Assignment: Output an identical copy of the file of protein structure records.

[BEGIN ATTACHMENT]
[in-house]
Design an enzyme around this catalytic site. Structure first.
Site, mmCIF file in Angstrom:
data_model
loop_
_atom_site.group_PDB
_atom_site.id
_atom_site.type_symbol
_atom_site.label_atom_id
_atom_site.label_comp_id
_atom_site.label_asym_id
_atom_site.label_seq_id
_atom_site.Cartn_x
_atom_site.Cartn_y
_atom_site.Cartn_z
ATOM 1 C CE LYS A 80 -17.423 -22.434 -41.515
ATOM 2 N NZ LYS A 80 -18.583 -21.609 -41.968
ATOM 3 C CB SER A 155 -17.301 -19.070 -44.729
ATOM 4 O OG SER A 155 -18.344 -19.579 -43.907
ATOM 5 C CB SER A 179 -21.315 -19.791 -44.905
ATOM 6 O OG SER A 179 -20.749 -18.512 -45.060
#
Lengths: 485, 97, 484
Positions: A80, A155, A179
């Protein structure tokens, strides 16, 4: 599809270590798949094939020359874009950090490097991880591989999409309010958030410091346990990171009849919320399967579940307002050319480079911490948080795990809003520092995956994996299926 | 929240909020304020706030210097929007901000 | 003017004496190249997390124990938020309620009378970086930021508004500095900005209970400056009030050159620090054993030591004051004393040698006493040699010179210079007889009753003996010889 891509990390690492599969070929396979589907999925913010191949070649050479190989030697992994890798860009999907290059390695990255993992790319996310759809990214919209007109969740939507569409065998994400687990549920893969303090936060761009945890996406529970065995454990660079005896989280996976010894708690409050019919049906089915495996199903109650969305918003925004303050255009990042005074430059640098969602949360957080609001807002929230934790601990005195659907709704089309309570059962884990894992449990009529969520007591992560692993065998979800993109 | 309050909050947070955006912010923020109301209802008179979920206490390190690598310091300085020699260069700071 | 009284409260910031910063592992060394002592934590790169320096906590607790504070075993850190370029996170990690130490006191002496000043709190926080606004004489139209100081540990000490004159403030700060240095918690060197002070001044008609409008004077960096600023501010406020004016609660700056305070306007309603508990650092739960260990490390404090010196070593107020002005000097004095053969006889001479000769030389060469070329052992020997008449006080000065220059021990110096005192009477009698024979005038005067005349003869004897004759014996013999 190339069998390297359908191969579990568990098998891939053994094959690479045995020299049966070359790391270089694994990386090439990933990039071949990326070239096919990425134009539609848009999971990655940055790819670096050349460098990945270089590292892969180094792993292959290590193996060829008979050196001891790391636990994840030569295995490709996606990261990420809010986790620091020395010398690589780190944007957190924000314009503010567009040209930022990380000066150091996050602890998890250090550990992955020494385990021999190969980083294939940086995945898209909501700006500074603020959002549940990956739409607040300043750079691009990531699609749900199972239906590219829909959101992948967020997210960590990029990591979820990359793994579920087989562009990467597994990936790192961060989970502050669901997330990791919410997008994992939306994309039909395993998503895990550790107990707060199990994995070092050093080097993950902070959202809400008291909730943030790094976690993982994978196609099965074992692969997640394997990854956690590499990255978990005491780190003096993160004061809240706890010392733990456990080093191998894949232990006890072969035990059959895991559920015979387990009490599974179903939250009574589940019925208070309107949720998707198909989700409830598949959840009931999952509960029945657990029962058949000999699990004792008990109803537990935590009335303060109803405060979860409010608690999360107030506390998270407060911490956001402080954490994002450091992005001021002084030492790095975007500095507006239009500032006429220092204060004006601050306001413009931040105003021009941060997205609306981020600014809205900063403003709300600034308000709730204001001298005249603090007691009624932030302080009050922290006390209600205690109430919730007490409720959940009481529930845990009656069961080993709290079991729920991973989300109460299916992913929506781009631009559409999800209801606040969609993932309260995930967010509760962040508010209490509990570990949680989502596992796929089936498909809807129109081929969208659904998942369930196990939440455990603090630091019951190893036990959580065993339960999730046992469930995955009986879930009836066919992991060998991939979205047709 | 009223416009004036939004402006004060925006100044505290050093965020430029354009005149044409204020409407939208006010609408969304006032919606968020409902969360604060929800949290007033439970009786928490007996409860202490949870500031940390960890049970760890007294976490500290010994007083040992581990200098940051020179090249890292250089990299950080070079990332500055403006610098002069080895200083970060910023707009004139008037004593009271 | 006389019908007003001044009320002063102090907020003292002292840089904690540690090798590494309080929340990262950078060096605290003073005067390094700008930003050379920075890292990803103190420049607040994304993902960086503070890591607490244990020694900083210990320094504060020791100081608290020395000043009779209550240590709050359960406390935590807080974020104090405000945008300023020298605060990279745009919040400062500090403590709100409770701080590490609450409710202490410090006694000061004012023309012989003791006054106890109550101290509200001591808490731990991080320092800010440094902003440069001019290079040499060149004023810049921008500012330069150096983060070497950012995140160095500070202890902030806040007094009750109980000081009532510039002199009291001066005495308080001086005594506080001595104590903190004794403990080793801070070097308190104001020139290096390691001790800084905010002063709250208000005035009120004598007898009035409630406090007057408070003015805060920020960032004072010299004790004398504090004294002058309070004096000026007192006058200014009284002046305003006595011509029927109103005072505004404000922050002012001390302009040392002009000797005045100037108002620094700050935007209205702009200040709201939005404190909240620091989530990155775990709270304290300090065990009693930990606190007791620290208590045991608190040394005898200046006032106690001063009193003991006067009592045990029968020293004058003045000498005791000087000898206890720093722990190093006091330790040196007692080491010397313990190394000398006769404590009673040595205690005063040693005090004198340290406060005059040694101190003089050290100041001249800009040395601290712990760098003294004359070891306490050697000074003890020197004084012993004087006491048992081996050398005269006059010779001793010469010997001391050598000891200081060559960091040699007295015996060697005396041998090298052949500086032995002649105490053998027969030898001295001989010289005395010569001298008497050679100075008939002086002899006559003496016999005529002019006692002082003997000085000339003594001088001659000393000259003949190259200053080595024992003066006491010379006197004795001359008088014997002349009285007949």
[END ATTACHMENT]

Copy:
[in-house]
Design an enzyme around this catalytic site. Structure first.
Site, mmCIF file in Angstrom:
data_model
loop_
_atom_site.group_PDB
_atom_site.id
_atom_site.type_symbol
_atom_site.label_atom_id
_atom_site.label_comp_id
_atom_site.label_asym_id
_atom_site.label_seq_id
_atom_site.Cartn_x
_atom_site.Cartn_y
_atom_site.Cartn_z
ATOM 1 C CE LYS A 80 -17.423 -22.434 -41.515
ATOM 2 N NZ LYS A 80 -18.583 -21.609 -41.968
ATOM 3 C CB SER A 155 -17.301 -19.070 -44.729
ATOM 4 O OG SER A 155 -18.344 -19.579 -43.907
ATOM 5 C CB SER A 179 -21.315 -19.791 -44.905
ATOM 6 O OG SER A 179 -20.749 -18.512 -45.060
#
Lengths: 485, 97, 484
Positions: A80, A155, A179
């Protein structure tokens, strides 16, 4: 599809270590798949094939020359874009950090490097991880591989999409309010958030410091346990990171009849919320399967579940307002050319480079911490948080795990809003520092995956994996299926 | 929240909020304020706030210097929007901000 | 003017004496190249997390124990938020309620009378970086930021508004500095900005209970400056009030050159620090054993030591004051004393040698006493040699010179210079007889009753003996010889 891509990390690492599969070929396979589907999925913010191949070649050479190989030697992994890798860009999907290059390695990255993992790319996310759809990214919209007109969740939507569409065998994400687990549920893969303090936060761009945890996406529970065995454990660079005896989280996976010894708690409050019919049906089915495996199903109650969305918003925004303050255009990042005074430059640098969602949360957080609001807002929230934790601990005195659907709704089309309570059962884990894992449990009529969520007591992560692993065998979800993109 | 309050909050947070955006912010923020109301209802008179979920206490390190690598310091300085020699260069700071 | 009284409260910031910063592992060394002592934590790169320096906590607790504070075993850190370029996170990690130490006191002496000043709190926080606004004489139209100081540990000490004159403030700060240095918690060197002070001044008609409008004077960096600023501010406020004016609660700056305070306007309603508990650092739960260990490390404090010196070593107020002005000097004095053969006889001479000769030389060469070329052992020997008449006080000065220059021990110096005192009477009698024979005038005067005349003869004897004759014996013999 190339069998390297359908191969579990568990098998891939053994094959690479045995020299049966070359790391270089694994990386090439990933990039071949990326070239096919990425134009539609848009999971990655940055790819670096050349460098990945270089590292892969180094792993292959290590193996060829008979050196001891790391636990994840030569295995490709996606990261990420809010986790620091020395010398690589780190944007957190924000314009503010567009040209930022990380000066150091996050602890998890250090550990992955020494385990021999190969980083294939940086995945898209909501700006500074603020959002549940990956739409607040300043750079691009990531699609749900199972239906590219829909959101992948967020997210960590990029990591979820990359793994579920087989562009990467597994990936790192961060989970502050669901997330990791919410997008994992939306994309039909395993998503895990550790107990707060199990994995070092050093080097993950902070959202809400008291909730943030790094976690993982994978196609099965074992692969997640394997990854956690590499990255978990005491780190003096993160004061809240706890010392733990456990080093191998894949232990006890072969035990059959895991559920015979387990009490599974179903939250009574589940019925208070309107949720998707198909989700409830598949959840009931999952509960029945657990029962058949000999699990004792008990109803537990935590009335303060109803405060979860409010608690999360107030506390998270407060911490956001402080954490994002450091992005001021002084030492790095975007500095507006239009500032006429220092204060004006601050306001413009931040105003021009941060997205609306981020600014809205900063403003709300600034308000709730204001001298005249603090007691009624932030302080009050922290006390209600205690109430919730007490409720959940009481529930845990009656069961080993709290079991729920991973989300109460299916992913929506781009631009559409999800209801606040969609993932309260995930967010509760962040508010209490509990570990949680989502596992796929089936498909809807129109081929969208659904998942369930196990939440455990603090630091019951190893036990959580065993339960999730046992469930995955009986879930009836066919992991060998991939979205047709 | 009223416009004036939004402006004060925006100044505290050093965020430029354009005149044409204020409407939208006010609408969304006032919606968020409902969360604060929800949290007033439970009786928490007996409860202490949870500031940390960890049970760890007294976490500290010994007083040992581990200098940051020179090249890292250089990299950080070079990332500055403006610098002069080895200083970060910023707009004139008037004593009271 | 006389019908007003001044009320002063102090907020003292002292840089904690540690090798590494309080929340990262950078060096605290003073005067390094700008930003050379920075890292990803103190420049607040994304993902960086503070890591607490244990020694900083210990320094504060020791100081608290020395000043009779209550240590709050359960406390935590807080974020104090405000945008300023020298605060990279745009919040400062500090403590709100409770701080590490609450409710202490410090006694000061004012023309012989003791006054106890109550101290509200001591808490731990991080320092800010440094902003440069001019290079040499060149004023810049921008500012330069150096983060070497950012995140160095500070202890902030806040007094009750109980000081009532510039002199009291001066005495308080001086005594506080001595104590903190004794403990080793801070070097308190104001020139290096390691001790800084905010002063709250208000005035009120004598007898009035409630406090007057408070003015805060920020960032004072010299004790004398504090004294002058309070004096000026007192006058200014009284002046305003006595011509029927109103005072505004404000922050002012001390302009040392002009000797005045100037108002620094700050935007209205702009200040709201939005404190909240620091989530990155775990709270304290300090065990009693930990606190007791620290208590045991608190040394005898200046006032106690001063009193003991006067009592045990029968020293004058003045000498005791000087000898206890720093722990190093006091330790040196007692080491010397313990190394000398006769404590009673040595205690005063040693005090004198340290406060005059040694101190003089050290100041001249800009040395601290712990760098003294004359070891306490050697000074003890020197004084012993004087006491048992081996050398005269006059010779001793010469010997001391050598000891200081060559960091040699007295015996060697005396041998090298052949500086032995002649105490053998027969030898001295001989010289005395010569001298008497050679100075008939002086002899006559003496016999005529002019006692002082003997000085000339003594001088001659000393000259003949190259200053080595024992003066006491010379006197004795001359008088014997002349009285007949």